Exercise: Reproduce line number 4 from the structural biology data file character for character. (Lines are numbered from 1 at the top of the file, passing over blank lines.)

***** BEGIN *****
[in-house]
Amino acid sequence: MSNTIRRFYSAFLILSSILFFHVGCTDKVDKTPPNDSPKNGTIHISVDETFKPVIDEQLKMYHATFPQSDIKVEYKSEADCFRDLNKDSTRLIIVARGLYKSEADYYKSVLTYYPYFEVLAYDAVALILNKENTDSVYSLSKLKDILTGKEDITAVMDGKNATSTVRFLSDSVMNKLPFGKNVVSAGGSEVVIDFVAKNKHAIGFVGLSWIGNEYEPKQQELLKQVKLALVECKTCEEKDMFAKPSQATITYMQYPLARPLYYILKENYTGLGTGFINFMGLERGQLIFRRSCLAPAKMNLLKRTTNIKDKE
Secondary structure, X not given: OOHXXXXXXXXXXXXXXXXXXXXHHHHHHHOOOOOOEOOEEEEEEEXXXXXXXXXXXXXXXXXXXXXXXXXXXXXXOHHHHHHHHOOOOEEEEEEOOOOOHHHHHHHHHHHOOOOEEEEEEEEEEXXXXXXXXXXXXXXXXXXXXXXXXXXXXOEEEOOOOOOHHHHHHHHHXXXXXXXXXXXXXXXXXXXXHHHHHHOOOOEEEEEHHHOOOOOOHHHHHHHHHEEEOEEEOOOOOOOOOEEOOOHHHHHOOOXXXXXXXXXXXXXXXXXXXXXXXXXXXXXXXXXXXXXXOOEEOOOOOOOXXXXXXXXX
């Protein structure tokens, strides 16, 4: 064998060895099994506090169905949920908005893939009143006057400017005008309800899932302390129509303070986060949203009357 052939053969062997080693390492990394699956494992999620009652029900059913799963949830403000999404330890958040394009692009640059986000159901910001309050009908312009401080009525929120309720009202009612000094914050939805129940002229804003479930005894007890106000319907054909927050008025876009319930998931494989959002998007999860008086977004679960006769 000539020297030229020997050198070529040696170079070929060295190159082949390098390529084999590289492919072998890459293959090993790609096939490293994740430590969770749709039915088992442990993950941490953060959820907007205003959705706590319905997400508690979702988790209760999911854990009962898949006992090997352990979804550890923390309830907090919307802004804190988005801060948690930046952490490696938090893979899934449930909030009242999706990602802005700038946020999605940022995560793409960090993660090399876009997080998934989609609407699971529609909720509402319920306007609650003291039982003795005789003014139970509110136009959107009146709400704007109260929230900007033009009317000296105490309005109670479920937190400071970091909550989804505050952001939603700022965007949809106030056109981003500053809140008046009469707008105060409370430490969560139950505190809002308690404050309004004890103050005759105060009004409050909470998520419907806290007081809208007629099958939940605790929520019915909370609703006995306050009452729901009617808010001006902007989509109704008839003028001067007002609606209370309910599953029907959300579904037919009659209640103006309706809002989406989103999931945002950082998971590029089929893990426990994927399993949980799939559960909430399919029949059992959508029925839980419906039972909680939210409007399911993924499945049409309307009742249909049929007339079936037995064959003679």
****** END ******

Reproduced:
């Protein structure tokens, strides 16, 4: 064998060895099994506090169905949920908005893939009143006057400017005008309800899932302390129509303070986060949203009357 052939053969062997080693390492990394699956494992999620009652029900059913799963949830403000999404330890958040394009692009640059986000159901910001309050009908312009401080009525929120309720009202009612000094914050939805129940002229804003479930005894007890106000319907054909927050008025876009319930998931494989959002998007999860008086977004679960006769 000539020297030229020997050198070529040696170079070929060295190159082949390098390529084999590289492919072998890459293959090993790609096939490293994740430590969770749709039915088992442990993950941490953060959820907007205003959705706590319905997400508690979702988790209760999911854990009962898949006992090997352990979804550890923390309830907090919307802004804190988005801060948690930046952490490696938090893979899934449930909030009242999706990602802005700038946020999605940022995560793409960090993660090399876009997080998934989609609407699971529609909720509402319920306007609650003291039982003795005789003014139970509110136009959107009146709400704007109260929230900007033009009317000296105490309005109670479920937190400071970091909550989804505050952001939603700022965007949809106030056109981003500053809140008046009469707008105060409370430490969560139950505190809002308690404050309004004890103050005759105060009004409050909470998520419907806290007081809208007629099958939940605790929520019915909370609703006995306050009452729901009617808010001006902007989509109704008839003028001067007002609606209370309910599953029907959300579904037919009659209640103006309706809002989406989103999931945002950082998971590029089929893990426990994927399993949980799939559960909430399919029949059992959508029925839980419906039972909680939210409007399911993924499945049409309307009742249909049929007339079936037995064959003679």